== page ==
Kingdom of Arcadia is worth a punt if you’re a fan of side-scrolling fantasy games. It doesn’t quite do enough to earn the title of ‘Metroidvania’ in our eyes, but that’s not a bad thing in itself. We’d say it’s closer to your basic linear platformer, and although it has some clear limitations, the core gameplay is definitely strong enough to keep you engaged throughout.
Nothing about FAR S Ultra is particularly offensive (except the music, which is a crime against the concept of ears). It has some clever ideas but the execution is a little lacklustre, and the relatively low number of tracks combined with the annoying AI and the unforgiving nature of its difficulty means it certainly won't be to everyone's tastes. If you don't have Fast RMX then get that first, but we've played worse racing games for $7.
FEZ is a fun, challenging puzzle platformer fit to burst with original ideas and unique gameplay wrinkles. Its puzzles bend reality and even leech into our own world on occasion, but aside from a few select mega-challenges never stray into the category of too obtuse or unfair. A few visual and mechanical quirks stop this from being a perfectly polished experience, but these are outweighed by its charm and other wonderful qualities ninefold. It's another one of those 'games you have to play' on Switch, and it couldn't be more at home.
Imagine Donkey Kong Country with none of the flair, none of the momentum, none of the secrets, none of the style and none of the grace. It doesn't even have a funny face. There's very little to get your teeth into here, though die-hard platform game fans may get some measure of satisfaction from its limited, low-risk take on the genre. We must reiterate – Stitchy in Tooki Trouble is not a badly-made game, it's just a relentlessly unimpressive one that offers nothing new or even any kind of twist on an existing trope or mechanic. A sequel to Stitchy that perhaps saw fit to include something - anything - to make the game stand out, that could marry its impressive visuals with similarly good level design... now that would be worth a go. As it stands though, this scarecrow excels its most famed pop-culture analogue by lacking a brain, a heart and any courage to speak of.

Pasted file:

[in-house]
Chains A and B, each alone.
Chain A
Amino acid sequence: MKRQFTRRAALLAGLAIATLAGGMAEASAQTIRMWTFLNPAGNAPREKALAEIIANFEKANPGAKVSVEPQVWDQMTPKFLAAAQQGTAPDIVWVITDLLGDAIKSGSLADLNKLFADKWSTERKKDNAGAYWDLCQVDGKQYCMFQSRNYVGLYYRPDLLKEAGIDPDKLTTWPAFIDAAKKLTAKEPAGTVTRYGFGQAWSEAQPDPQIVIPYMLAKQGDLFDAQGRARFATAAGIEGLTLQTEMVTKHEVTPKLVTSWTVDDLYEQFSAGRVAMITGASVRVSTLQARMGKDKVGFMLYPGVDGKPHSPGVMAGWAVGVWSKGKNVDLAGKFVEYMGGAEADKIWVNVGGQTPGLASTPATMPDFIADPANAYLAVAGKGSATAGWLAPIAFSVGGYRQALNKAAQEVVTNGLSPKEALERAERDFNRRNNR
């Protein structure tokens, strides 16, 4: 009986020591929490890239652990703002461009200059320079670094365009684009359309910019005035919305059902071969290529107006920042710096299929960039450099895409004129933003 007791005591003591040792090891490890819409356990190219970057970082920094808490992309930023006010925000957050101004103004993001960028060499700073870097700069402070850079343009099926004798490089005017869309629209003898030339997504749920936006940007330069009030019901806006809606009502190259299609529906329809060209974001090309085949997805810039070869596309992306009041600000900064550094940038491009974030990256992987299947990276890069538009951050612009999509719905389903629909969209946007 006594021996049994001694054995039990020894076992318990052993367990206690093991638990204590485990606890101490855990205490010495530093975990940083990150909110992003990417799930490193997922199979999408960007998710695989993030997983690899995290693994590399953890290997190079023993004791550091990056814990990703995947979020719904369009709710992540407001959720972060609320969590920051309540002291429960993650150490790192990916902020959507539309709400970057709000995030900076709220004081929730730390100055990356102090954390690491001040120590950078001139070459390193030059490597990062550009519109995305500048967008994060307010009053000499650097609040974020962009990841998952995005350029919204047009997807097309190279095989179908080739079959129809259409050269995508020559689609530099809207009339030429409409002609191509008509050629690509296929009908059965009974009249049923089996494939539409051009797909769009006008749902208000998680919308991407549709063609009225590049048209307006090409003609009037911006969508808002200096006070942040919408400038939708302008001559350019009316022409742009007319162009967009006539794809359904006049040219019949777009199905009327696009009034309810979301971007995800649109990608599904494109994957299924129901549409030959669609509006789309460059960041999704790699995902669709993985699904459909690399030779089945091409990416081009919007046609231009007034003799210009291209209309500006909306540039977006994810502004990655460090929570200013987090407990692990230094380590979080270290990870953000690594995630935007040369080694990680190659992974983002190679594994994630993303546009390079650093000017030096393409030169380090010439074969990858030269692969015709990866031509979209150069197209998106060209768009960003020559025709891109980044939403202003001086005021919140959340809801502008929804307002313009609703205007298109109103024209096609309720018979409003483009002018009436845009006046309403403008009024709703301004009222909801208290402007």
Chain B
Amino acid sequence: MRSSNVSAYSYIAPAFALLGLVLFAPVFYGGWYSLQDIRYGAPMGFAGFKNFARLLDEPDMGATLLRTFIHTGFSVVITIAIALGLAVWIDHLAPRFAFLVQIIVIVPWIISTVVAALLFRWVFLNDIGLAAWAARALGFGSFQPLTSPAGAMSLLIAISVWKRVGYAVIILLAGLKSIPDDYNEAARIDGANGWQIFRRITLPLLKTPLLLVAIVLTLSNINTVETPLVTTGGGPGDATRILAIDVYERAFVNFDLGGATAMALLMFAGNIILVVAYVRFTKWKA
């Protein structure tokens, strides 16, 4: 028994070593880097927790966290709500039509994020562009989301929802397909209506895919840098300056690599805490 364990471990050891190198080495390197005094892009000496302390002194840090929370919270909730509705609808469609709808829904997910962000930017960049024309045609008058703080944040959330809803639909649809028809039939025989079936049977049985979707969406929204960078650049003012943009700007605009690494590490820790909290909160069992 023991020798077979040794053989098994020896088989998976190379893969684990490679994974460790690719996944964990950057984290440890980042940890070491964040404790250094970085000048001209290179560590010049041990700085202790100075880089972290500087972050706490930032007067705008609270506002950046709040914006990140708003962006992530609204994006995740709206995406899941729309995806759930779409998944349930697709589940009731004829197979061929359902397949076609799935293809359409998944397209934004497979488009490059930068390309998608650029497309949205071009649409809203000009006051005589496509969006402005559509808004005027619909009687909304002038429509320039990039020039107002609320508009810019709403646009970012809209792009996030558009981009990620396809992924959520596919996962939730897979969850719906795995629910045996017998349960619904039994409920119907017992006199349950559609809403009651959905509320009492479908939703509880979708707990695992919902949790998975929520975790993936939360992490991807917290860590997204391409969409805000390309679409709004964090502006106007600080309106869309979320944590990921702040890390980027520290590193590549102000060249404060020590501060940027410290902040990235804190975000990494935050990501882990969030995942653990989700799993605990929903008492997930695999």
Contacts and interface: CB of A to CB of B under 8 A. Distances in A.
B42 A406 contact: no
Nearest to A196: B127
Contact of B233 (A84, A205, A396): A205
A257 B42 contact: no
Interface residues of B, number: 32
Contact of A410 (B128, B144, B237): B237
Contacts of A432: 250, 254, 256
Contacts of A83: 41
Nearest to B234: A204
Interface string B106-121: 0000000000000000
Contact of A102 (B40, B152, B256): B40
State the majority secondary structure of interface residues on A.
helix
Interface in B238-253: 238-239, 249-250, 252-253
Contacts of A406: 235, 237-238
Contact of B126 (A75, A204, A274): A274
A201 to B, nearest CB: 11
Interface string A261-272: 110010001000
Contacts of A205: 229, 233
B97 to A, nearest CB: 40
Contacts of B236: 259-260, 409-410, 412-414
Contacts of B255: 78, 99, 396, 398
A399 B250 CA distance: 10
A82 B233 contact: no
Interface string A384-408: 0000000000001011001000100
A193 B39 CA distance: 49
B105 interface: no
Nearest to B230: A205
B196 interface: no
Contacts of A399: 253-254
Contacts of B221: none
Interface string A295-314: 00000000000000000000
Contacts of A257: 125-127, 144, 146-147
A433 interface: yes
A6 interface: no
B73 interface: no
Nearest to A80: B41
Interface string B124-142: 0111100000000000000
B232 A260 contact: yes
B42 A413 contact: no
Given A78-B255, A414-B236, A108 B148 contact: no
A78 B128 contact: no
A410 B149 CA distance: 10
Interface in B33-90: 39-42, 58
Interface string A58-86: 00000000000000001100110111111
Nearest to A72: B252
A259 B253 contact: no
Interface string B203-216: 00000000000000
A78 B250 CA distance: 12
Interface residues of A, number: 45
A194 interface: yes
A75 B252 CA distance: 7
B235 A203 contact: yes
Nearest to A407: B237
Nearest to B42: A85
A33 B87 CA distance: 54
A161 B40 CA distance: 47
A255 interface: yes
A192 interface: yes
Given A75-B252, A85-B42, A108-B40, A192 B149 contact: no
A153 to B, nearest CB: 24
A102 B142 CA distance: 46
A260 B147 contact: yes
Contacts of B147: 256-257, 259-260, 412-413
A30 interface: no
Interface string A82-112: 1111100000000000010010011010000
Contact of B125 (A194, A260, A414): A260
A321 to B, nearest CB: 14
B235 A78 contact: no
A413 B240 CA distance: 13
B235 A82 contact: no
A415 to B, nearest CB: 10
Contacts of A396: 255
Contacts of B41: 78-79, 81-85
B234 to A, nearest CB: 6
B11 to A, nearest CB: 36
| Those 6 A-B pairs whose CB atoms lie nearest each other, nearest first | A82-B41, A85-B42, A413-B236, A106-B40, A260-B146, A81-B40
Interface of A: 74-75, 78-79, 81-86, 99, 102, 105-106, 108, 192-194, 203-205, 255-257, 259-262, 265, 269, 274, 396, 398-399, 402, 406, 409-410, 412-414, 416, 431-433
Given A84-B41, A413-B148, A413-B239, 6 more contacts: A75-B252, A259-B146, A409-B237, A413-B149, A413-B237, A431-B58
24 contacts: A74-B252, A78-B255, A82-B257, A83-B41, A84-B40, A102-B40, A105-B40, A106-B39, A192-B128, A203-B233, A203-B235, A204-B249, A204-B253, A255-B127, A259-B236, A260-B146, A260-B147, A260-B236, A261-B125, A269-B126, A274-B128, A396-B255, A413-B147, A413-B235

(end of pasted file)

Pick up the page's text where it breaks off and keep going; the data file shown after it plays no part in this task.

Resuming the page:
Godstrike in many ways feels like an early access game. There are glimpses of a better game in here somewhere, but the overall unpolished feel of its design and presentation really drag down the otherwise solid controls. Revising (or removing) the time mechanic and honing in on a more distinctive art style could've made this one a tentative recommendation but, as it stands, that's impossible. If you want a good boss rush game with similar gameplay, we'd recommend you pick up Furi; if you're looking for a good shmup, there's no shortage of those to be found on Switch. Either way, we wouldn't bother with this one unless you've exhausted all other options.
Overall, we’d say that if you enjoyed Aqua Kitty UDX, then you’re likely going to enjoy Astro Aqua Kitty, too. Heck, even if you didn’t play the first game, we’d still recommend checking this one out. It’s a solid shoot-em-up, and while it doesn’t feel as immediately engaging or replayable as its predecessor, it’s nevertheless a fun ride throughout.
Poison Control's story is cliché-filled but fun, and the tongue-in-cheek dialogue carries the game far further than its gameplay could manage alone. The writing can only make up for shallow game mechanics to a point, though, and ultimately shallow gameplay is what lets this game down. Visual novel fans will likely find more to enjoy here, but there's simply not enough gameplay depth or variety for fans of shooters.
What seemed unimpressive in 2004 now feels enjoyable and imaginative, and we're not sure what that means, exactly. It's simultaneously cheerful and challenging, and there's a lot of joy in the journey as well as the destinations. The cursed spectre of 'gameplay variety' (read: jack of all trades, master of none) looms over the material, but by making the diversions brief and ultimately simple it manages to keep the player guessing to an extent throughout its languid twelve or so hour runtime. Some backtracking and minor camera issues bring things down a touch, but overall Ty the Tasmanian Tiger 2: Bush Rescue is a surprisingly solid slice of character action, and one we fear may have been underserved at the time of its original release. This is not just a sequel that's content to rest on its laurels, and that's worthy of respect. Hooray! We made it through the whole review without any silly, lazy Aussie clichés. That's bonzer, mate!
Moorhuhn Kart 2 takes a game that's nearly two decades old, tweaks the visuals a bit, then actually removes elements from it (such as its character animations and speed settings). With only eight tracks on offer it would be underwhelming at a budget price, but given it's selling for $30 at launch there's nowhere near enough content or quality to justify that price.
Cozy Grove measures out its game sessions in snack-size portions, and its gorgeous artwork and genuinely laugh-worthy dialogue almost make up for its metered-out gameplay. Sadly, with a few technical issues on Switch, and the game's refusal to let players set the pace, it's one best played on a mobile device for now.